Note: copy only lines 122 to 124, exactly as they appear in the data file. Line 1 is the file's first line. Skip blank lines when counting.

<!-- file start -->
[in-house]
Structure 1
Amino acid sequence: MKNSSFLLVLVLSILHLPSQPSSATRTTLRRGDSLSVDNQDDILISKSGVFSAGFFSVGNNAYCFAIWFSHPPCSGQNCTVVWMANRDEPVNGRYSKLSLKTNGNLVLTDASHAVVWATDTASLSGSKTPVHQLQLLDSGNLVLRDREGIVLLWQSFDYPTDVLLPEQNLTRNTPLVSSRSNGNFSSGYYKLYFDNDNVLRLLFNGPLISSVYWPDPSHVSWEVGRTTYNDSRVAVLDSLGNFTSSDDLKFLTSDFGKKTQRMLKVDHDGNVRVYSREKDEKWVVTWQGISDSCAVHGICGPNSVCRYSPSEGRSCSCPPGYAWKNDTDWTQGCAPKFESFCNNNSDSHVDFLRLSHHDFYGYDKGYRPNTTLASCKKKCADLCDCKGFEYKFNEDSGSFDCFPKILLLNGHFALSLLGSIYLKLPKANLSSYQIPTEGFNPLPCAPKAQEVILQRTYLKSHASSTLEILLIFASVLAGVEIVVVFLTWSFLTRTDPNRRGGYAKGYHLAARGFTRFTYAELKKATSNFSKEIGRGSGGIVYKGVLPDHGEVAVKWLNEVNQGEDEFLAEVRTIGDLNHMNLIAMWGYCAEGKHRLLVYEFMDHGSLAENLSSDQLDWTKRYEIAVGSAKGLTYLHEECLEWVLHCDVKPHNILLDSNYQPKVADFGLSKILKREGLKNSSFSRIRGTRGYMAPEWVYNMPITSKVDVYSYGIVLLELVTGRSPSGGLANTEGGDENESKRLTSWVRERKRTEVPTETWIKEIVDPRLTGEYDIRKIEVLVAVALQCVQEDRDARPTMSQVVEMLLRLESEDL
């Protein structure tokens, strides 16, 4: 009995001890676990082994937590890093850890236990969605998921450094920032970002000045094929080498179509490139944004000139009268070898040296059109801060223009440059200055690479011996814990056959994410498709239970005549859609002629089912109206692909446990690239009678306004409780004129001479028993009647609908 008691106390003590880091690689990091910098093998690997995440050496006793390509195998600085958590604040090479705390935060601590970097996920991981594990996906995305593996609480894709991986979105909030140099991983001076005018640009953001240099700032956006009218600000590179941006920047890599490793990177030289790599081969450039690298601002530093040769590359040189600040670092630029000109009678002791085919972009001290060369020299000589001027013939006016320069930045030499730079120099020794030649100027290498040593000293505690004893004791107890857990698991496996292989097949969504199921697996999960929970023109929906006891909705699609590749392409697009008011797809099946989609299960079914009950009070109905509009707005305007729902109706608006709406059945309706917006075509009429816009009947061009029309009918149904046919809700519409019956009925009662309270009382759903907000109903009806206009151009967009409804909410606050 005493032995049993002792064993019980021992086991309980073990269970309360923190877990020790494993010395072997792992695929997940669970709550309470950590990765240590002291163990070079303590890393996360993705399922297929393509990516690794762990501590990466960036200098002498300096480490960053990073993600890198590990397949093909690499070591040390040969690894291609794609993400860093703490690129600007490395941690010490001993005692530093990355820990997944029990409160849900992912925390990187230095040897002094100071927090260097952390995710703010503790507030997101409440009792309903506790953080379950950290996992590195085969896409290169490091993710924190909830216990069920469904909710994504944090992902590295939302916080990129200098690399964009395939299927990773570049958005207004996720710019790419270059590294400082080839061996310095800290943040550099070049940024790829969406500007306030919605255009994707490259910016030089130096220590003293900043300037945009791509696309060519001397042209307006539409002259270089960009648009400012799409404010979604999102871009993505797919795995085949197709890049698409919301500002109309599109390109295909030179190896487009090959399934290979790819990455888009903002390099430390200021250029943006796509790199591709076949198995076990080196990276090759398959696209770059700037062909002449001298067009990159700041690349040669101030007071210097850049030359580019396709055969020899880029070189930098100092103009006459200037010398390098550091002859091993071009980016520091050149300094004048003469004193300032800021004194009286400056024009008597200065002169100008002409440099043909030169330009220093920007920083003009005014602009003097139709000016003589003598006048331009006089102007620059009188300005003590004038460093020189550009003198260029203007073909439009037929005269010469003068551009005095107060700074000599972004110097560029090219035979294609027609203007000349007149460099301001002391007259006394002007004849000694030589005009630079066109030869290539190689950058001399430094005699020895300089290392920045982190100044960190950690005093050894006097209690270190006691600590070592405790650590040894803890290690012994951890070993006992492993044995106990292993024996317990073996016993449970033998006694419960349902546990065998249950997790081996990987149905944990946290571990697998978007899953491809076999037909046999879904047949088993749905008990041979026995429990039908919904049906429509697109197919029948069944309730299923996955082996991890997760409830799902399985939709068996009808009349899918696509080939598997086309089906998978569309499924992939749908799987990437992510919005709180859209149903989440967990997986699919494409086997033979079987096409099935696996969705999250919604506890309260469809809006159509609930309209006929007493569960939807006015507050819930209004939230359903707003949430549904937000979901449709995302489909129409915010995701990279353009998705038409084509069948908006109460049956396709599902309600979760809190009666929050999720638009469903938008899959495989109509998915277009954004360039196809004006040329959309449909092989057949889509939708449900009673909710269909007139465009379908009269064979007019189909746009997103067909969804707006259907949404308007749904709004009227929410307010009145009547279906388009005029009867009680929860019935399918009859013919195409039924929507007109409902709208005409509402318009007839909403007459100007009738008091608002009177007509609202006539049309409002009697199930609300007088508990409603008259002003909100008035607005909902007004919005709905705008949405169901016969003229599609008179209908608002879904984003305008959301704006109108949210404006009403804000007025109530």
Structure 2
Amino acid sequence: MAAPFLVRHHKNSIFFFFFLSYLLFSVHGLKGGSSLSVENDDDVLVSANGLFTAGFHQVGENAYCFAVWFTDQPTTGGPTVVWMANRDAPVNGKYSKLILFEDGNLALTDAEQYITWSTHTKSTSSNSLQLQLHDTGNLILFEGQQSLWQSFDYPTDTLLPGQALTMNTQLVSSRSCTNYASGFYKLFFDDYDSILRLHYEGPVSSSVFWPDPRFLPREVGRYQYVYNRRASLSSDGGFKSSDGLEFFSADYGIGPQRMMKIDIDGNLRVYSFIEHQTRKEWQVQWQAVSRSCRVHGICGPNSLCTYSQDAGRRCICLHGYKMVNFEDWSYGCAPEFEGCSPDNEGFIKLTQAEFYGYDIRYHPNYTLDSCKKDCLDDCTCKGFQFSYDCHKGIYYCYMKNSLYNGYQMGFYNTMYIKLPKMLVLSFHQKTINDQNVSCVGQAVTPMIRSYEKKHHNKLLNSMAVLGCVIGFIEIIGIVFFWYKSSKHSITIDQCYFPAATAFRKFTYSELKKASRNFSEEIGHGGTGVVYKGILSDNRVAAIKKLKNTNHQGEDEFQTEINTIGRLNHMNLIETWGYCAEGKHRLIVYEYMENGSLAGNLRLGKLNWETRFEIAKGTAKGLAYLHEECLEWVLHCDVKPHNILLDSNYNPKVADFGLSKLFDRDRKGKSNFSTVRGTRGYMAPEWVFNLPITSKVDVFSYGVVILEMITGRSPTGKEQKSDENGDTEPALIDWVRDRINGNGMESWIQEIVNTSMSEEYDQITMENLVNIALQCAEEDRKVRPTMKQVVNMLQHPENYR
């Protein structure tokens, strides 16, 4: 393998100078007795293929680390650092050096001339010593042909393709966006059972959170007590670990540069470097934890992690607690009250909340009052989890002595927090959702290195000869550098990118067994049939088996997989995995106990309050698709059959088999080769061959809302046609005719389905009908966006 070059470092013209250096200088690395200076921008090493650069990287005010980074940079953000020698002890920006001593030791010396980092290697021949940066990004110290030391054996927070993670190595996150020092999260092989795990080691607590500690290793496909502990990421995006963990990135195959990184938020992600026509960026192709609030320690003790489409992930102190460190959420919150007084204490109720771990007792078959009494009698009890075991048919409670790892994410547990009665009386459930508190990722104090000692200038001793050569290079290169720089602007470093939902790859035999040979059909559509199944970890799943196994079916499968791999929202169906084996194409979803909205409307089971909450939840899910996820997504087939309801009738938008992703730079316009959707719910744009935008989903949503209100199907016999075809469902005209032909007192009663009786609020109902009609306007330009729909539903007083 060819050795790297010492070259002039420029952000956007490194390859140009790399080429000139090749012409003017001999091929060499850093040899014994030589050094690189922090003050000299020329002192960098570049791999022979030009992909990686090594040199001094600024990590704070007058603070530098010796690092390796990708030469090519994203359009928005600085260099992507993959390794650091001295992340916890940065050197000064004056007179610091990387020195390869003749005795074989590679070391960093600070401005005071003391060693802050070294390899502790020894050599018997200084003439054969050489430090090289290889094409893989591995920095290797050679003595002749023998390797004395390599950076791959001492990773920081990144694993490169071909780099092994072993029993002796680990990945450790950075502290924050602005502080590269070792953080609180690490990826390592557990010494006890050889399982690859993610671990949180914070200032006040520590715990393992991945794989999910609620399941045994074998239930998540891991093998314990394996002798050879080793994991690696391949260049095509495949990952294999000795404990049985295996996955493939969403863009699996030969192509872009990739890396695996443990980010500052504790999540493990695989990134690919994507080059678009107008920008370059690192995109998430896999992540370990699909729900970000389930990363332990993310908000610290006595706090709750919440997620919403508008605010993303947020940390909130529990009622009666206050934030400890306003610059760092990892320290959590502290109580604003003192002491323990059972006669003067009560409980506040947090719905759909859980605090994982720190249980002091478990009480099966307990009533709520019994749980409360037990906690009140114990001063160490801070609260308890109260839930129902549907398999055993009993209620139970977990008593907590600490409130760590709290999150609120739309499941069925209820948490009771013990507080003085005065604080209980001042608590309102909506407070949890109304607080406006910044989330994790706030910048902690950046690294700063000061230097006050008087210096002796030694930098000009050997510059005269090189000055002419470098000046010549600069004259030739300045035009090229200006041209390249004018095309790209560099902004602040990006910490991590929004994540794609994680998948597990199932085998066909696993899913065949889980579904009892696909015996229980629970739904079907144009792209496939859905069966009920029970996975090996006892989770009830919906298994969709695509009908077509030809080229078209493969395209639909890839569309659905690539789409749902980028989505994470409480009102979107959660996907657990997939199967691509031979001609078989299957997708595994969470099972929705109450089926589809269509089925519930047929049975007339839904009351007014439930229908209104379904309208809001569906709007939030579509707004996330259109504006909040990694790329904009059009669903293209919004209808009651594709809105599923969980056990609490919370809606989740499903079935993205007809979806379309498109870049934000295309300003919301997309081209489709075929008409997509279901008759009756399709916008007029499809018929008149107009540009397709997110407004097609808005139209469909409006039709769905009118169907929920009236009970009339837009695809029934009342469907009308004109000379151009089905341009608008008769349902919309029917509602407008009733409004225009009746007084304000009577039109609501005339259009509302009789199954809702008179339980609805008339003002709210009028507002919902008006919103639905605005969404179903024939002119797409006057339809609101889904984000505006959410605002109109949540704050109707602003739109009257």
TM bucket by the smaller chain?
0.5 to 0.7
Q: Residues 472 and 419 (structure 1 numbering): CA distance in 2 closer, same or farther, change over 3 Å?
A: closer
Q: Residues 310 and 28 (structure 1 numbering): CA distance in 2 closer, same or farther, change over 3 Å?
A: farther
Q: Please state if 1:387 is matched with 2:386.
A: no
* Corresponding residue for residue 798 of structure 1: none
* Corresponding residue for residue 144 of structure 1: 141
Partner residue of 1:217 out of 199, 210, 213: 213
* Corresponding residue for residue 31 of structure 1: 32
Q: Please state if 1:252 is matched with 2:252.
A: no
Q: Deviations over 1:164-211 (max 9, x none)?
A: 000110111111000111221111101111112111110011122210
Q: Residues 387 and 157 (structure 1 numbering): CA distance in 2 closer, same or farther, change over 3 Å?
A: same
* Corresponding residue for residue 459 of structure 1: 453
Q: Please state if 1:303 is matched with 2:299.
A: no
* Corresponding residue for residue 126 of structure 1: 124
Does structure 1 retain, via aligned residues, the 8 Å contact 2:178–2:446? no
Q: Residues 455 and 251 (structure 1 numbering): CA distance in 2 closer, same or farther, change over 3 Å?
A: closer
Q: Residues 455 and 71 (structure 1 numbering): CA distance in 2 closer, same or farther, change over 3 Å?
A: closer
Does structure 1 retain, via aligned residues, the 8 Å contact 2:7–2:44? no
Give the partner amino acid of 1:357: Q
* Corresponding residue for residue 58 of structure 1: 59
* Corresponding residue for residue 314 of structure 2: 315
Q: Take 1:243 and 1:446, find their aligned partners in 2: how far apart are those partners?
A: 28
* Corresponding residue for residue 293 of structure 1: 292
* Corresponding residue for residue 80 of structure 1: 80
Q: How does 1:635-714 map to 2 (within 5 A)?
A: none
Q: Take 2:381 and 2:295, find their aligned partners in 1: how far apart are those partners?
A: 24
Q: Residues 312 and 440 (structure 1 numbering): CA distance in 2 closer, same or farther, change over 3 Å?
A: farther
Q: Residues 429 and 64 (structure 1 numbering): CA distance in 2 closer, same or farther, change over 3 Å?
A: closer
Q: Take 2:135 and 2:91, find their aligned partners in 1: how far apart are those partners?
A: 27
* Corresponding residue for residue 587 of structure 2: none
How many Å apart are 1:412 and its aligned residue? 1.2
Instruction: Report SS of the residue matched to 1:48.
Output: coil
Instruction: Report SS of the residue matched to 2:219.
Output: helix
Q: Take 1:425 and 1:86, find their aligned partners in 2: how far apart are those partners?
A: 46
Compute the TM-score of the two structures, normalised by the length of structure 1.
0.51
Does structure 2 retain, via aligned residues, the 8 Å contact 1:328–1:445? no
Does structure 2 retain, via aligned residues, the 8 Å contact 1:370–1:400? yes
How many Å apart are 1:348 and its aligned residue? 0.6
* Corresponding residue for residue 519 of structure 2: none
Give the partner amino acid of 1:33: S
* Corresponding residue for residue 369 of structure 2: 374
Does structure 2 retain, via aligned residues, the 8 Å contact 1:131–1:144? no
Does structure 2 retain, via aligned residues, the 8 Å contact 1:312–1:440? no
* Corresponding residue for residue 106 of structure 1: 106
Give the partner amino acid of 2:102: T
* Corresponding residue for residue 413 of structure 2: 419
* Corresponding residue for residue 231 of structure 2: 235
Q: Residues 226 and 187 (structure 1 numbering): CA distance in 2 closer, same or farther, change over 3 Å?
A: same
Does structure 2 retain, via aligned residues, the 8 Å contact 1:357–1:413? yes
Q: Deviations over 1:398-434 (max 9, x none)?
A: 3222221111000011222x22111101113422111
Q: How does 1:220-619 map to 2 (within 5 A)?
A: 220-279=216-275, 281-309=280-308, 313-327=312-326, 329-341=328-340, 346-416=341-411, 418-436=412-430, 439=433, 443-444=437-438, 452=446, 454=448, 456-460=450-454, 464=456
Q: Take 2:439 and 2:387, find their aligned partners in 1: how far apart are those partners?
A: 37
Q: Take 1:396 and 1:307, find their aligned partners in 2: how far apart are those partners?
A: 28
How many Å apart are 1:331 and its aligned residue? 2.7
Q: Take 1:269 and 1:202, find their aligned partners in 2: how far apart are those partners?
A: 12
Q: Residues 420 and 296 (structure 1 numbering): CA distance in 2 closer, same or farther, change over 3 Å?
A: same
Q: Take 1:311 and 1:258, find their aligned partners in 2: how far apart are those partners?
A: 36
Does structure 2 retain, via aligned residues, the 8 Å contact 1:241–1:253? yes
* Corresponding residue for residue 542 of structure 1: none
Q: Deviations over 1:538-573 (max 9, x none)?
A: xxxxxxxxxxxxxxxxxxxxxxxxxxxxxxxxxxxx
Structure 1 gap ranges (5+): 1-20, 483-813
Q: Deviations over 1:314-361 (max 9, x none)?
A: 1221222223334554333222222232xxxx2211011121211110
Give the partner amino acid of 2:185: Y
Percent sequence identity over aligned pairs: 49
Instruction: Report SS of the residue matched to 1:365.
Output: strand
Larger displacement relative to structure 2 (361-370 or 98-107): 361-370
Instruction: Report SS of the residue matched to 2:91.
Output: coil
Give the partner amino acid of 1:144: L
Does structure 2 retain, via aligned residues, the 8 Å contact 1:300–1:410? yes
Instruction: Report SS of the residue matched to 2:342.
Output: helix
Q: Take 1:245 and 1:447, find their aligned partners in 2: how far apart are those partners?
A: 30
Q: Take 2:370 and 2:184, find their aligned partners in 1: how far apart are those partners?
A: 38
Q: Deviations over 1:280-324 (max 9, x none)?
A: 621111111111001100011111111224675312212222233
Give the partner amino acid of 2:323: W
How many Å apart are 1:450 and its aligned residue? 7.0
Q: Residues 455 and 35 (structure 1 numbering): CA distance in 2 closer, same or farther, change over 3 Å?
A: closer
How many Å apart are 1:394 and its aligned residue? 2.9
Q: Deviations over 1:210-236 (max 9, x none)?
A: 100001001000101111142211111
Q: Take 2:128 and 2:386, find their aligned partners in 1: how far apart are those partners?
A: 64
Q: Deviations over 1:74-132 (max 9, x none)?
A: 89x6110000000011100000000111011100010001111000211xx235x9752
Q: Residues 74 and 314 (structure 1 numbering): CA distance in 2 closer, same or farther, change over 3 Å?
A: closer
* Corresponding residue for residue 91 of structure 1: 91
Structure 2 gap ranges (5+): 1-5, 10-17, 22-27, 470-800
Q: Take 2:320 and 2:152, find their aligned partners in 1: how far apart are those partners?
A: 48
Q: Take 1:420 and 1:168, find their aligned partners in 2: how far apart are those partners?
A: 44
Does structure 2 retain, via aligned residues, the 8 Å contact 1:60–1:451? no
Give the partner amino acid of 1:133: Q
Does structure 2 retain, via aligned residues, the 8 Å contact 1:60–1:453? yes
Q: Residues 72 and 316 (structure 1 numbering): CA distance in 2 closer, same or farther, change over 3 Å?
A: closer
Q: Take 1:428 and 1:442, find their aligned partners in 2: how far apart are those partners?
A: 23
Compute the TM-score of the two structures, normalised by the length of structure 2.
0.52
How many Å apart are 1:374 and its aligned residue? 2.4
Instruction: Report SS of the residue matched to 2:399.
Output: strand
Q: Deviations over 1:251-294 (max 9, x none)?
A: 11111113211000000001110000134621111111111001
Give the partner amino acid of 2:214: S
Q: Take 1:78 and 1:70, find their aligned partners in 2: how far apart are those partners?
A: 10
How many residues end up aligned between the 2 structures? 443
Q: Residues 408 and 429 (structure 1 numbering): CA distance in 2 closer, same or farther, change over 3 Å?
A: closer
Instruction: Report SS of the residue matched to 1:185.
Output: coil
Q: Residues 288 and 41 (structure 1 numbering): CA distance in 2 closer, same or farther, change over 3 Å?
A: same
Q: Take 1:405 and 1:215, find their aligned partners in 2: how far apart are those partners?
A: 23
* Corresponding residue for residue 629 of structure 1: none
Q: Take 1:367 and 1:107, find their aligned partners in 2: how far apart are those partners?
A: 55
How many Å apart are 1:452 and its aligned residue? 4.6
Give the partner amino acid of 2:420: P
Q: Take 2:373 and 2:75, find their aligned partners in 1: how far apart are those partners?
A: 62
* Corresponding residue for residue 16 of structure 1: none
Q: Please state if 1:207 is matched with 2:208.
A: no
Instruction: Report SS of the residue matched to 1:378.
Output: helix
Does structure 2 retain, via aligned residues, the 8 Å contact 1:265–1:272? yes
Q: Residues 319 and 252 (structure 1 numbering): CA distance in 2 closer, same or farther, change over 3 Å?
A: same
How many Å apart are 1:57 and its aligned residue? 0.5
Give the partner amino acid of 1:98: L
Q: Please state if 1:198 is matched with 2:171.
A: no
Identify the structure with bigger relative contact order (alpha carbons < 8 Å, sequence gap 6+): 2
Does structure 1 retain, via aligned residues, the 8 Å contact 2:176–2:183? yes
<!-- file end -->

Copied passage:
Q: Deviations over 1:210-236 (max 9, x none)?
A: 100001001000101111142211111
Q: Take 2:128 and 2:386, find their aligned partners in 1: how far apart are those partners?